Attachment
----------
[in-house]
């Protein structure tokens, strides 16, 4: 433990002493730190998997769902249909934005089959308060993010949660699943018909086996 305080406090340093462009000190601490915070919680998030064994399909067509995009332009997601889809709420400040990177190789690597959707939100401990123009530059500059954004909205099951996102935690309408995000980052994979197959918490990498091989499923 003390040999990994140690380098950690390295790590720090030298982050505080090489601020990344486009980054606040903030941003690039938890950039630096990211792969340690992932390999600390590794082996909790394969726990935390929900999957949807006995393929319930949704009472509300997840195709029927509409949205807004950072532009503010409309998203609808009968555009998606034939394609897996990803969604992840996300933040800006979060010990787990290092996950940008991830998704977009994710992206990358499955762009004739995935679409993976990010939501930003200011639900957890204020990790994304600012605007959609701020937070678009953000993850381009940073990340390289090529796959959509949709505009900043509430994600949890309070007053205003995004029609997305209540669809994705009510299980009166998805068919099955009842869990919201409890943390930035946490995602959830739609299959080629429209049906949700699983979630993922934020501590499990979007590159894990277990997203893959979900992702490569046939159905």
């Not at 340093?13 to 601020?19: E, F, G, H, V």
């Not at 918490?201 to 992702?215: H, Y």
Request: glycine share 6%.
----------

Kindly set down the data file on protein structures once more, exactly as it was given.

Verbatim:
[in-house]
């Protein structure tokens, strides 16, 4: 433990002493730190998997769902249909934005089959308060993010949660699943018909086996 305080406090340093462009000190601490915070919680998030064994399909067509995009332009997601889809709420400040990177190789690597959707939100401990123009530059500059954004909205099951996102935690309408995000980052994979197959918490990498091989499923 003390040999990994140690380098950690390295790590720090030298982050505080090489601020990344486009980054606040903030941003690039938890950039630096990211792969340690992932390999600390590794082996909790394969726990935390929900999957949807006995393929319930949704009472509300997840195709029927509409949205807004950072532009503010409309998203609808009968555009998606034939394609897996990803969604992840996300933040800006979060010990787990290092996950940008991830998704977009994710992206990358499955762009004739995935679409993976990010939501930003200011639900957890204020990790994304600012605007959609701020937070678009953000993850381009940073990340390289090529796959959509949709505009900043509430994600949890309070007053205003995004029609997305209540669809994705009510299980009166998805068919099955009842869990919201409890943390930035946490995602959830739609299959080629429209049906949700699983979630993922934020501590499990979007590159894990277990997203893959979900992702490569046939159905």
């Not at 340093?13 to 601020?19: E, F, G, H, V």
């Not at 918490?201 to 992702?215: H, Y």
Request: glycine share 6%.